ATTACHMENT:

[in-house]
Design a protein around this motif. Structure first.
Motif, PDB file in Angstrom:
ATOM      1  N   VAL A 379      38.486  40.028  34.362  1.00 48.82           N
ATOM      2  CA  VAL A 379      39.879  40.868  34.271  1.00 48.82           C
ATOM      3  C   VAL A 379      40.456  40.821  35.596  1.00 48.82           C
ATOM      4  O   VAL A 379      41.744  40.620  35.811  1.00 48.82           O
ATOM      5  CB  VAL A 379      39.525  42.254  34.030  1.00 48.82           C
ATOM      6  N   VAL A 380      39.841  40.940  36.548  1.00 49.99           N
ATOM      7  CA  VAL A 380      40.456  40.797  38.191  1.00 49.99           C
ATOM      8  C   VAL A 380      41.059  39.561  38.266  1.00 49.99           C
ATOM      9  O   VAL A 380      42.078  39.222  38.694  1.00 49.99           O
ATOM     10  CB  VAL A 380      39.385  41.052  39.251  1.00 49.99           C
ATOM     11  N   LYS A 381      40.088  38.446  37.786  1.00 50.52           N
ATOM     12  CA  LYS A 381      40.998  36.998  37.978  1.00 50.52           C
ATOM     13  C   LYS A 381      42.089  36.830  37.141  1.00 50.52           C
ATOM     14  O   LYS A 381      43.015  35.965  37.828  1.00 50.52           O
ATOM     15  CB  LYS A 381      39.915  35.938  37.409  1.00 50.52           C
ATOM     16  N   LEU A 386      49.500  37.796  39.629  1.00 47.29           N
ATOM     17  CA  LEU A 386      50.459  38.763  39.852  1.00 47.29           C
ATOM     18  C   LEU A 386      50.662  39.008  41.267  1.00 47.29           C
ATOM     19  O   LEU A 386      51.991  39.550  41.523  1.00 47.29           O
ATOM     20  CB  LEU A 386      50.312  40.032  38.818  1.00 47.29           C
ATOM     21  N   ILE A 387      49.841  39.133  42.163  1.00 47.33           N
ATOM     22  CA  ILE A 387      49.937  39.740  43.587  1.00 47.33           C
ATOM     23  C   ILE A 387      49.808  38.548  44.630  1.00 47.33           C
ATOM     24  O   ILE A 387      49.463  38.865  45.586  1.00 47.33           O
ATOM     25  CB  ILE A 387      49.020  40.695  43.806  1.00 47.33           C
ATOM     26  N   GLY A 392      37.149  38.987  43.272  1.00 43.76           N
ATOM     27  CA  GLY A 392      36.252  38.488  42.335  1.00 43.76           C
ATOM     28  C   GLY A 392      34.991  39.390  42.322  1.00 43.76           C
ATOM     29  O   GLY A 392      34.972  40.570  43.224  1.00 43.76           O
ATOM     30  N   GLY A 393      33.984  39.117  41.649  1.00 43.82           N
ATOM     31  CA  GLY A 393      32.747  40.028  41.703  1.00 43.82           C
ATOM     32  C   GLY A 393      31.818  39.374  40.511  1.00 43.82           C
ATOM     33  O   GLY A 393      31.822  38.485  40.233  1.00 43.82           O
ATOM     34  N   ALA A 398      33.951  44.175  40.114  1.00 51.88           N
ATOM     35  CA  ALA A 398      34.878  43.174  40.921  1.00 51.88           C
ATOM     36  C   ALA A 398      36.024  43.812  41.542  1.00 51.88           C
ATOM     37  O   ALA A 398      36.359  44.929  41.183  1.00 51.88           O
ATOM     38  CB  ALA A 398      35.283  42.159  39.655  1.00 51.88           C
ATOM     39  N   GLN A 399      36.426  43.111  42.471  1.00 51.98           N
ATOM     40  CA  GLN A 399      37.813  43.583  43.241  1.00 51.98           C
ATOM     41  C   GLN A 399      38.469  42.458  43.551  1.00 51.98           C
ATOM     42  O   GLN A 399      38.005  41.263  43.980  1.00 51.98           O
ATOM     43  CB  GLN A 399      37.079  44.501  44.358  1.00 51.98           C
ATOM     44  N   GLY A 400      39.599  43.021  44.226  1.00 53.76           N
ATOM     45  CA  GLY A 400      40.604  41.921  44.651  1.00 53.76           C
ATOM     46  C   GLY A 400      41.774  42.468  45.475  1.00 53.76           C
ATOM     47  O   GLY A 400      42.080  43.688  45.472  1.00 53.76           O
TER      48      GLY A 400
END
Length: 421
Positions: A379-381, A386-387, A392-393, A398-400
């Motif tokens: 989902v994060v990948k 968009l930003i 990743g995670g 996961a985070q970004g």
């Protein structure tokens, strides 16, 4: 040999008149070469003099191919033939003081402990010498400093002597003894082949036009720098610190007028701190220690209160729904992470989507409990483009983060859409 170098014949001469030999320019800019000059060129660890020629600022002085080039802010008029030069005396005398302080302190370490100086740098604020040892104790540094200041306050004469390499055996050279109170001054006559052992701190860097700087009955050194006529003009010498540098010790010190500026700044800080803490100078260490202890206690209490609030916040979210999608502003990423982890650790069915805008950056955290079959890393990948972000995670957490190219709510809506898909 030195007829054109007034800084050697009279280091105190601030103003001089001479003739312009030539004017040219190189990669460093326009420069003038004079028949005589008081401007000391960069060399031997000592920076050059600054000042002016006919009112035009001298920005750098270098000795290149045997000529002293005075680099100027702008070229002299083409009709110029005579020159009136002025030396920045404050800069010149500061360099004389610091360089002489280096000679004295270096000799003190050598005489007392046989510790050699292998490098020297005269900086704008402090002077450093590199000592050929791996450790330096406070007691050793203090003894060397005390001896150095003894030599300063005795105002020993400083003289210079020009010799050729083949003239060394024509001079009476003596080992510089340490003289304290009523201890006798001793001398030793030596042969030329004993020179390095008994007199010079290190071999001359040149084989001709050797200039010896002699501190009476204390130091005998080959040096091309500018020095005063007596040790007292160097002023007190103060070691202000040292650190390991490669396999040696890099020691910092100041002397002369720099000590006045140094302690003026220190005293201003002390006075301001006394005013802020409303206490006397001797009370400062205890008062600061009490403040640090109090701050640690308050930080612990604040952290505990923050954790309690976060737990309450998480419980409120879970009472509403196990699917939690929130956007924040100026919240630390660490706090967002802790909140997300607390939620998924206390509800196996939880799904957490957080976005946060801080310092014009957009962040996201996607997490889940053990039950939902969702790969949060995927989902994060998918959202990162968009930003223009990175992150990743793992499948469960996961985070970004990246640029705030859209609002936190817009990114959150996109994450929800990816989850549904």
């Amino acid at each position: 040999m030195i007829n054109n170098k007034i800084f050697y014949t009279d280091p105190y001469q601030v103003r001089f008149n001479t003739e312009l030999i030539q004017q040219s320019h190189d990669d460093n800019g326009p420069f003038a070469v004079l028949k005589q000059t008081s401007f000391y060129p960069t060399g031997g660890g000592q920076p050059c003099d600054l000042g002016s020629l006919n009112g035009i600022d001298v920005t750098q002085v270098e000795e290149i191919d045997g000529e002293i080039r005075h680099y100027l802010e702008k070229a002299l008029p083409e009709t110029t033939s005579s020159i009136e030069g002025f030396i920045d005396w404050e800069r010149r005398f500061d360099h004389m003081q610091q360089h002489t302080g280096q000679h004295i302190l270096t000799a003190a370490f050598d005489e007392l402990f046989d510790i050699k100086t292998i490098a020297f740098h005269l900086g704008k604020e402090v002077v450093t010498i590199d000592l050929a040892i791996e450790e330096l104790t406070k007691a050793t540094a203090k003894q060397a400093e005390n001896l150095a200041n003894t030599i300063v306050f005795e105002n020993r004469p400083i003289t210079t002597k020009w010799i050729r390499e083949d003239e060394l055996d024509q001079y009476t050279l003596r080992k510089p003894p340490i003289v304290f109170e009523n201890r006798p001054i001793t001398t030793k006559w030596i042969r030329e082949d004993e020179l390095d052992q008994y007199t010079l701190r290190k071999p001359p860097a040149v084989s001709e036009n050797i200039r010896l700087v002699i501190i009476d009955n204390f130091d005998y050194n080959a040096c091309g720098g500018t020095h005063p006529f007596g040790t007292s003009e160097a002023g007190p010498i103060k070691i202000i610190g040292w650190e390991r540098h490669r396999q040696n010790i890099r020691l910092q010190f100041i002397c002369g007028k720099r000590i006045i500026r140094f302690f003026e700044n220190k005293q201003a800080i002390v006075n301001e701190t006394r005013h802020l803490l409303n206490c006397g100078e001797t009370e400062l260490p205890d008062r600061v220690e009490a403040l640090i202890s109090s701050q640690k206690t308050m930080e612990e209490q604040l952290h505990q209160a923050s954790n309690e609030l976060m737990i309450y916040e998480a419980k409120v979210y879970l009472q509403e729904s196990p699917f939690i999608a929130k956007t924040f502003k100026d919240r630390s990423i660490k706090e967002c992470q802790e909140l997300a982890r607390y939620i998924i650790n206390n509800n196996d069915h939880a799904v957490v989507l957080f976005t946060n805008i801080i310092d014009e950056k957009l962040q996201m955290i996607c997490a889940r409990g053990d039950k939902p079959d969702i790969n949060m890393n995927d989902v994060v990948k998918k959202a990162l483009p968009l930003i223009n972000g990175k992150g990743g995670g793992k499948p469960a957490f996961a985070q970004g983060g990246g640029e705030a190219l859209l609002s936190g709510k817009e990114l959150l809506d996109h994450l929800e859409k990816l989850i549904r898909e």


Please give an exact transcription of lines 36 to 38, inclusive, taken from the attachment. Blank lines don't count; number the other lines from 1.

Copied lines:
ATOM     33  O   GLY A 393      31.822  38.485  40.233  1.00 43.82           O
ATOM     34  N   ALA A 398      33.951  44.175  40.114  1.00 51.88           N
ATOM     35  CA  ALA A 398      34.878  43.174  40.921  1.00 51.88           C